From Contest to Content
by John December
At least I don't have to write checks for $400 in prizes, but I wanted to, I really did.
I would haved loved to publish a Web-based work of fiction this month that would break new ground, would be read for years to come, and would be looked upon as a branching point in the expression of meaning on the World Wide Web.
Or I would have loved to just cry. Or laugh. Or feel something. But I didn't, so I'm not awarding prizes in the hypertext fiction contest I announced here in March.
I think Michael Shumate's assessment of the state of Web-based hypertext sums it up best:
" hypertext fiction on the Web is replete with bad writing of all kinds: dull prose and wooden characterization; typographical errors... inane sermonettes on contemporary society and cultural and literary theory among all sorts of other postmodern pretentiousness... "Some of the entries I received fell into these categories. Most of the entries, however, were simply dull reading.
I don't know about you, but I still love those old-fashioned paper books, the ones with the "linear" texts with block after block of paragraphs filled with sentences. Each sentence piles on one after another, accumulating meaning. I'm not going to pretend hypermedia--just because it is computer-based, modern, or interesting--moves me as much emotionally as books. I wonder why the Web hasn't fired the human imagination yet.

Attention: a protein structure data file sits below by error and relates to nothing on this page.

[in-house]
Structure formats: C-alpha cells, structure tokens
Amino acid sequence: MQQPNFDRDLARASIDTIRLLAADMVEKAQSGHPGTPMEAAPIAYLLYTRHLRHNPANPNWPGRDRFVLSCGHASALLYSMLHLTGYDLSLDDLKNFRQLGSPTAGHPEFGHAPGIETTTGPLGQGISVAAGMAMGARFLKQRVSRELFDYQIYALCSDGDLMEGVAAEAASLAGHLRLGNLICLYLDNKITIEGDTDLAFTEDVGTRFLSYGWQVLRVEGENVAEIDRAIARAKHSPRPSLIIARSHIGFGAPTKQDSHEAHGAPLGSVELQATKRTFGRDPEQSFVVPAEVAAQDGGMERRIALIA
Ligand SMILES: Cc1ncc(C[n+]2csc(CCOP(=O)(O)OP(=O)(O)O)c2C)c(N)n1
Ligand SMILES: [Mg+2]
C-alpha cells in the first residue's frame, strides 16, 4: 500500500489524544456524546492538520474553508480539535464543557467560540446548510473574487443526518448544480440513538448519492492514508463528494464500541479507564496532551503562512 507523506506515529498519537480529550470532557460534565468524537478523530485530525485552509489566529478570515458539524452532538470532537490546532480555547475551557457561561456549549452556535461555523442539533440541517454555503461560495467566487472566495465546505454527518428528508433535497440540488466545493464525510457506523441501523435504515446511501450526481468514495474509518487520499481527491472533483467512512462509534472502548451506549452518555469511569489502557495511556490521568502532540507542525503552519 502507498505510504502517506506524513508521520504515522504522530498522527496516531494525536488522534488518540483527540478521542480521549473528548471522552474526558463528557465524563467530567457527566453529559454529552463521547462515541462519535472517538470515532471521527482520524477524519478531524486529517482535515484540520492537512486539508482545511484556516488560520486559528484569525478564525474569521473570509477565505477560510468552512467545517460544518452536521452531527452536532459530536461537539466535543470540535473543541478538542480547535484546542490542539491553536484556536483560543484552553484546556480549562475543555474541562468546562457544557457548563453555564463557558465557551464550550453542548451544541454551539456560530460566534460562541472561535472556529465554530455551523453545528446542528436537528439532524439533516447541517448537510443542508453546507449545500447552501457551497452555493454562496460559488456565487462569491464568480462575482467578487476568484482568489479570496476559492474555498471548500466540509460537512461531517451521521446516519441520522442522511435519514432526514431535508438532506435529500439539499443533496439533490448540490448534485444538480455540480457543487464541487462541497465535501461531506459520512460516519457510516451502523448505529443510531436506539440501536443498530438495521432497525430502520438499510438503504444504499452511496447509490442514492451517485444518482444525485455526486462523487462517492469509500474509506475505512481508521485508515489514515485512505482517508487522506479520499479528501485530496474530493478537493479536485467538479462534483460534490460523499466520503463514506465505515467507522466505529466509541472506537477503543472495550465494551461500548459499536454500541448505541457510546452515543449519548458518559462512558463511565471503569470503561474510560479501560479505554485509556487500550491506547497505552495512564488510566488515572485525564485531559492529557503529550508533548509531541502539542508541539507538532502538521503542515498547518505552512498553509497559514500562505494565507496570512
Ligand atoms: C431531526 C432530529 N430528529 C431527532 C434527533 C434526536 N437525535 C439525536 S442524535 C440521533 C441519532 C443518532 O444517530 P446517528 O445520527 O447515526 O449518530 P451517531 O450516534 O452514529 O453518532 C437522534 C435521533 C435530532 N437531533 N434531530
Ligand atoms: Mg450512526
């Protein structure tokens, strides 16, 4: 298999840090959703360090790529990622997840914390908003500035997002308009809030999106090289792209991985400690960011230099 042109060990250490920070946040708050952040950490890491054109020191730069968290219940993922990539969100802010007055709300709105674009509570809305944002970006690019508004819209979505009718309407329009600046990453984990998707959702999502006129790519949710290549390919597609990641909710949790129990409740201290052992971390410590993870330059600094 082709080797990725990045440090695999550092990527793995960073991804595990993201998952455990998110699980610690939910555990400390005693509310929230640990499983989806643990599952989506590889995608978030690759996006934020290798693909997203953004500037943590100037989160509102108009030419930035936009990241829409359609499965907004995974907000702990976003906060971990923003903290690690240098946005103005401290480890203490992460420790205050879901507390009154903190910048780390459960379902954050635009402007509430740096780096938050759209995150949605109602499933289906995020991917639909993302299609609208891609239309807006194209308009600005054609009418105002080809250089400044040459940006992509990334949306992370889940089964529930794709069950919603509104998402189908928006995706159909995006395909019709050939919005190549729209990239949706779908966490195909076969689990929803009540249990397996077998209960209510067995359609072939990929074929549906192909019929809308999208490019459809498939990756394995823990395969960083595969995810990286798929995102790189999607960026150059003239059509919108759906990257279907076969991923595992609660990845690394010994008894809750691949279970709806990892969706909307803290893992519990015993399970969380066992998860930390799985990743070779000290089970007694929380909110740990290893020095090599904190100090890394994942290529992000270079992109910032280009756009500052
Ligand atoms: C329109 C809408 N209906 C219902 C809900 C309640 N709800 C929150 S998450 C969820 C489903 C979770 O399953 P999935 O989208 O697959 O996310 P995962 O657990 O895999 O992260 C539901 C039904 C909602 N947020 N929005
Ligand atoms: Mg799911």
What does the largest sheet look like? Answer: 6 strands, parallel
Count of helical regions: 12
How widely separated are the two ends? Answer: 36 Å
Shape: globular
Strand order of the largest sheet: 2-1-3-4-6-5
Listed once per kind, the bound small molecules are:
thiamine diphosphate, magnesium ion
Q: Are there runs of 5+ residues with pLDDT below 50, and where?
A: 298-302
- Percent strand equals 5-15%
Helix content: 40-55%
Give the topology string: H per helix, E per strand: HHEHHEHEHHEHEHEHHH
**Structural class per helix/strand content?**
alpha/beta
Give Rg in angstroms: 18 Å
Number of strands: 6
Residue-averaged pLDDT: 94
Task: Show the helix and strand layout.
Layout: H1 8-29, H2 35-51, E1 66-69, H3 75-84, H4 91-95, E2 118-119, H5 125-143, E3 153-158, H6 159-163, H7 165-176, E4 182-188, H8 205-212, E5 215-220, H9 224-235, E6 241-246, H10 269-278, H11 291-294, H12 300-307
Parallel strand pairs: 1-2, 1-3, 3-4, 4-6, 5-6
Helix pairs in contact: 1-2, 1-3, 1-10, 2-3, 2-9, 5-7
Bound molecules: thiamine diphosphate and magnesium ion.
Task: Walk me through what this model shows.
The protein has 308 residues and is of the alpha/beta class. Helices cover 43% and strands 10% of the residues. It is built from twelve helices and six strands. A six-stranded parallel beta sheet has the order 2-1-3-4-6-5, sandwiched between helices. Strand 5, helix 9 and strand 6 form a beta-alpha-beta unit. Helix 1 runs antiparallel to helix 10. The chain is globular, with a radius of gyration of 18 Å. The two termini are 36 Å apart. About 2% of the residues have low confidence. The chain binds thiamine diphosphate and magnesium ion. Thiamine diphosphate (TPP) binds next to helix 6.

The pleasure I have is introducing you to this month's issue. While the fiction submitted was not acceptable, the essays were. Michael Shumate surveys hypertext fiction on the Web in the lead essay. Chris Boese takes us into the woods--a journey through her development as a multimedia artist. Nino Rodriguez challenges us to confront the fragmented, multiple meanings possible in hypertext expression. Richard Thieme explores the idea of play in its relationship to computers and posits that computers have brought us to some kind of higher level of expression.
Completing the issue, Christopher Harper gives an account of his teaching computer communication to journalism journalism students. Leslie Regan Shade explores a new book on the cultural and linguistic side of computer-mediated communication.
Copyright © 1996 by John December. All Rights Reserved.